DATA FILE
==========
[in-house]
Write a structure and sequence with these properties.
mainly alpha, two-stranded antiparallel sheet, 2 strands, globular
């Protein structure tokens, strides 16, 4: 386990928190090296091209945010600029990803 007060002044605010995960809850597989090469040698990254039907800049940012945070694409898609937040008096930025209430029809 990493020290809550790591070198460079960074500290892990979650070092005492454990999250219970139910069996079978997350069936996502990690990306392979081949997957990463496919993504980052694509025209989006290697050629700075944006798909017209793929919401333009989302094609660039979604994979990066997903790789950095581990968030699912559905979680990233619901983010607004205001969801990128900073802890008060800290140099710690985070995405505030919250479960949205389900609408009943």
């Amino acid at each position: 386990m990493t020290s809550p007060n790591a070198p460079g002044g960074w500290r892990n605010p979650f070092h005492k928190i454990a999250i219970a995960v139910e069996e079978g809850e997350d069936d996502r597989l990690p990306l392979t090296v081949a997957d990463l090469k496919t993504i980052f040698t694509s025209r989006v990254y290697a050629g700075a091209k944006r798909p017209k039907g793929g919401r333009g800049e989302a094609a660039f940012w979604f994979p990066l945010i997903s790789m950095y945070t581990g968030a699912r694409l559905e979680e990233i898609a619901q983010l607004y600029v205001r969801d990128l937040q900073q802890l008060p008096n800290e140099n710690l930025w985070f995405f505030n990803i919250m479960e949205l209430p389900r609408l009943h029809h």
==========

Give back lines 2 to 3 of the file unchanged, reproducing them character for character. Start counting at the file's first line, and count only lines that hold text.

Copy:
Write a structure and sequence with these properties.
mainly alpha, two-stranded antiparallel sheet, 2 strands, globular